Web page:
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  • Gear VR!!!! F’ing LOL. No way I’m paying for this shit. Why on earth would they ruin something of this scale with budget VR tech?

    • SendsV8

      Because it doesn’t require a computer and heavy battery in a backpack.

      But I’m with you. I’ll wait till next gen or two before paying for any live experiences on crap equipment.

      • Kent Weber

        We will also have at least 3 options for higher res, standalone VR devices by the end of the year… So once those are in the wild, I assume a big budget experience like this would not leverage a mobile phone-based HMD.

  • HomosDeusVR

    Gear VR!! Are you farking kidding?! That’s an absolute joke. I hate that people who have no expereince of VR will play this and come away thinking how underwhelming and vomit-inducing VR is becausd they’re playing on a bit of kit that is totally not suitable for this type of experience. Can’t even begin to think how pap the graphics must be.

    UploadVR – you guys are doing a great job and I love this site but you uave to call thos out. It doea VR no favours at all.

  • Doctor Bambi

    Phew! Reeks of PCVR elitism in here.

    Let’s not forget GearVR has a higher resolution than either Rift or Vive, doesn’t suffer from god rays, and in this case is using Opitrack for higher quality, full body positional tracking, all without the need of a heavy computer strapped to your back.

    I’m guessing Ian’s concern for motion sickness stems from GearVR using a 60Hz display refresh rate, which is valid but the Oculus SDK is doing a lot of things under the hood to keep the experience smooth. This won’t be an issue for most people.

    The main limiting factor is the graphical processing, which shouldn’t be a problem if the experience is designed smartly. If Dreadhalls is anything to go by, you can absolutely make a terrifying and immersive experience on Gear.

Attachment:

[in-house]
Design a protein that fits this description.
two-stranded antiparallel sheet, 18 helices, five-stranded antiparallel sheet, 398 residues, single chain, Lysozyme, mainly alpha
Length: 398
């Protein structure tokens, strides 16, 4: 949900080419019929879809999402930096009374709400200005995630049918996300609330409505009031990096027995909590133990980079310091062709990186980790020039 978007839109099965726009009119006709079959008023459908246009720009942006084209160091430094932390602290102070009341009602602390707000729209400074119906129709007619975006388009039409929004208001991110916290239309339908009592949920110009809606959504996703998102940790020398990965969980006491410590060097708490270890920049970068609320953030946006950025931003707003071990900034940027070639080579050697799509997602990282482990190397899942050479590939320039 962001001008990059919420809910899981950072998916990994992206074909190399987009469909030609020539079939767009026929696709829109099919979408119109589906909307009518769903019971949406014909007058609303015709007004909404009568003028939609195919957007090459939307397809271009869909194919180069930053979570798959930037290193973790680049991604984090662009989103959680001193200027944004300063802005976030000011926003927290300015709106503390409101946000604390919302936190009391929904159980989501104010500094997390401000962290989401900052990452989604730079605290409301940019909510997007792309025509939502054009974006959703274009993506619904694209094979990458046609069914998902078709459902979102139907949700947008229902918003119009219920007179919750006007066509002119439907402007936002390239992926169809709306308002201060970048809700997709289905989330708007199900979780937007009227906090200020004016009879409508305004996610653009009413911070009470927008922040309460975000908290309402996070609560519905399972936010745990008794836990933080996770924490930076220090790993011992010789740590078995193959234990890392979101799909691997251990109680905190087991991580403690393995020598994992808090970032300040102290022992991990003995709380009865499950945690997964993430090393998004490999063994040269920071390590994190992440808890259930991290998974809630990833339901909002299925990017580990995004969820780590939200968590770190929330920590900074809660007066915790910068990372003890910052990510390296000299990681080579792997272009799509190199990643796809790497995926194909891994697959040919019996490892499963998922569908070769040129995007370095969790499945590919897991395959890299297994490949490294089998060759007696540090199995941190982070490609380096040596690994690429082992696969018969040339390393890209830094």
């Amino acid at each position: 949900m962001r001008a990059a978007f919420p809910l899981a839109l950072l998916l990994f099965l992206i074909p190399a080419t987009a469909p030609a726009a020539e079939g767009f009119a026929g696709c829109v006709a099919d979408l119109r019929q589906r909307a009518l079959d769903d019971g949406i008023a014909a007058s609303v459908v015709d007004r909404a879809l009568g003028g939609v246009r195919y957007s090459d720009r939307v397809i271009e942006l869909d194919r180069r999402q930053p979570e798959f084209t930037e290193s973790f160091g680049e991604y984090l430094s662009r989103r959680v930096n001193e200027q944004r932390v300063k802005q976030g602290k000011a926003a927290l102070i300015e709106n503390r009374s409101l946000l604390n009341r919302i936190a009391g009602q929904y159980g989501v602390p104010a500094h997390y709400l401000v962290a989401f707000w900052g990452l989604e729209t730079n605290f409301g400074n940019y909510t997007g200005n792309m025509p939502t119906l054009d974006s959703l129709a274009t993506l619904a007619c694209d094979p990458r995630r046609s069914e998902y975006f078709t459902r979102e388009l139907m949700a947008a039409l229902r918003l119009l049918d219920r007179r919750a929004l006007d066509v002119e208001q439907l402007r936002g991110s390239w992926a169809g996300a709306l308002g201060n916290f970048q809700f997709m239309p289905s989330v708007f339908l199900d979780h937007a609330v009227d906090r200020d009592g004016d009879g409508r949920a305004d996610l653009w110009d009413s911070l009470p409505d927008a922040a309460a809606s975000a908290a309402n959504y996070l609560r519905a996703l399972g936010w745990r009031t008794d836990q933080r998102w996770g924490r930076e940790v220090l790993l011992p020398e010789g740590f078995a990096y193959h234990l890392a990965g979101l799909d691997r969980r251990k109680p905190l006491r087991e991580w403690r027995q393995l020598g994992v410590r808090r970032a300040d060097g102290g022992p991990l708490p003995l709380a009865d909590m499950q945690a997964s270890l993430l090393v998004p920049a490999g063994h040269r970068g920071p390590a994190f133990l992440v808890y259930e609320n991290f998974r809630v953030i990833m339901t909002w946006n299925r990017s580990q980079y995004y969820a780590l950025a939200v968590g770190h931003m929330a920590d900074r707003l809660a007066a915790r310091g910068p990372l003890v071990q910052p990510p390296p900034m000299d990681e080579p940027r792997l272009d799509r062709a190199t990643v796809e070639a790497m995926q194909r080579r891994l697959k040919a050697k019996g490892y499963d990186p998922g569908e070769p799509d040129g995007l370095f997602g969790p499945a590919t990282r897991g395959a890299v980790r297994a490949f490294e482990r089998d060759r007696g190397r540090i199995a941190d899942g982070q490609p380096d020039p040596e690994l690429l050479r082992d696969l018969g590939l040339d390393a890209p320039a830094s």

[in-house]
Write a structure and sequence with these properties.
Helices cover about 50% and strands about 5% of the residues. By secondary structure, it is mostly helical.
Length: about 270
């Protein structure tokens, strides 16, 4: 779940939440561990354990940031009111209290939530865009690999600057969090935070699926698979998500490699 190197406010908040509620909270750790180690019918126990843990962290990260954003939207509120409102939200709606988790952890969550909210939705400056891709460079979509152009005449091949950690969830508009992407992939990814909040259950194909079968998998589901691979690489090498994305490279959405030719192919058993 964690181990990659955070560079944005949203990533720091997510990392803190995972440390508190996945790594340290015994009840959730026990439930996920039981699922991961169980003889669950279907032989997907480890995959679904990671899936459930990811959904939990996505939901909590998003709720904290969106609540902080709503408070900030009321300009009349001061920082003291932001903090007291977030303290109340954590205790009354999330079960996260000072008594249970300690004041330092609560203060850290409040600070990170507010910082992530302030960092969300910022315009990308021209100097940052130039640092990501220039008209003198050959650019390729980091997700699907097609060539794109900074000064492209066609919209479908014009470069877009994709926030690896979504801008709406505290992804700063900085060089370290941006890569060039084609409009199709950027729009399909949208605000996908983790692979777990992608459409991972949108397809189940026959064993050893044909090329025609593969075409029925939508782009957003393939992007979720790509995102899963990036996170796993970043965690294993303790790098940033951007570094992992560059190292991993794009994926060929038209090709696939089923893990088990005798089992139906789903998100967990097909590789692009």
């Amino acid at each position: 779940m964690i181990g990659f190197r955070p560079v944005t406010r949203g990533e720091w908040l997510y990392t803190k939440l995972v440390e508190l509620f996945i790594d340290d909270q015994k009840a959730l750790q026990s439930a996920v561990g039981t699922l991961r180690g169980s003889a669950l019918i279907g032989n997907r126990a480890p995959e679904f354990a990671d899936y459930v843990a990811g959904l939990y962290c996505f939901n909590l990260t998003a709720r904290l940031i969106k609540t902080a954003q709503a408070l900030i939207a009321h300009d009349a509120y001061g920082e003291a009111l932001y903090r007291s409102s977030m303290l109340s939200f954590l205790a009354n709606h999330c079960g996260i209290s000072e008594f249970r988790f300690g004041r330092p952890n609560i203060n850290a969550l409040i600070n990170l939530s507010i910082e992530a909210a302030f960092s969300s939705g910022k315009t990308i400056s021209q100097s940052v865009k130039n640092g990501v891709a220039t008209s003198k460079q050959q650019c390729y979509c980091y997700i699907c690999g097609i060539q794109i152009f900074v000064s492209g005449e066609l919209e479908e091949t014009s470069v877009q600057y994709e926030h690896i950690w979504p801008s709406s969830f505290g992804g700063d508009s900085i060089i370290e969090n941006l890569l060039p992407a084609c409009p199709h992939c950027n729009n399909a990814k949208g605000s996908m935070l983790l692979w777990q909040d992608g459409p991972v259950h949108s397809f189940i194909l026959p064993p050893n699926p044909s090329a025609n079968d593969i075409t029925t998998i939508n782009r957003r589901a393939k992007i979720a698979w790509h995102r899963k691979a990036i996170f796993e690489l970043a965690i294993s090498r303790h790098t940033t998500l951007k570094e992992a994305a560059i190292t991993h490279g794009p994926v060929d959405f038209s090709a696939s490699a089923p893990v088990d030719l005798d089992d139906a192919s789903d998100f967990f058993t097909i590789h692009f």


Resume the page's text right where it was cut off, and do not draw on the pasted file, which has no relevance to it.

• David D. Taylor

      I agree with both you and the PCVR elitists. 🙂 I fall somewhere in the middle. Definitely not the end of the world because it’s on Gear. Not the best experience either. even at the highest possible graphical fidelity from the Gear, it wouldn’t come close to hitting what a PC would.

      I still want to do it, but a little less so due to it being GearVR.

    • Mike549

      The Gear does truly have some advantages over the Rift (like web browsing and netflix) but yeah, the 60-Hz is a real concern. I believe the Go improves on that?

      Also, and this is something nobody seems excited enough about… but the future of VR is very possibly going to be wireless standalone VR that incorporates real world environments and layers graphics over the world. Like this game, but yard scale or even world scale. Not right away obviously, but maybe by Oculus Santa Fe version 2 or 3.

      • Doctor Bambi

        Yeah, with the release of Go, Oculus will be enabling a new 72 Hz mode, but it’s a completely optional feature developers can use at their discretion if they have the performance headroom for it. It’ll also be great for video content running at 24fps since 72 is a multiple of that, resolving any potential screen tearing issues there.

        While they haven’t flat out said it, Oculus seem to be alluding that developers will be required to hit 72fps for Santa Cruz. I imagine over time, 72 Hz will be what most developers target for both Cruz and Go/Gear.

        I totally agree with you that using real world geometry within a virtual space will be an incredible feature of standalone that will probably dramatically impact the way we interact with the world on a day to day basis.

  • Ted Joseph

    What level phone what it using? The newest Google pixel?

  • Alec W

    This actually looks really sick. I’ve been plenty experiences like this advertised, and they’re almost always underwhelming. Between coop, actually being able to shoot and move, and having some real challenge, I’d be way more down for this than just kinda wearing a TV screen on my face to watch a movie.

  • The general public are simpletons.
    They equate phone SoCs with “shitty VR”.
    When, of course, nothing could be further from the truth.
    Dopes ….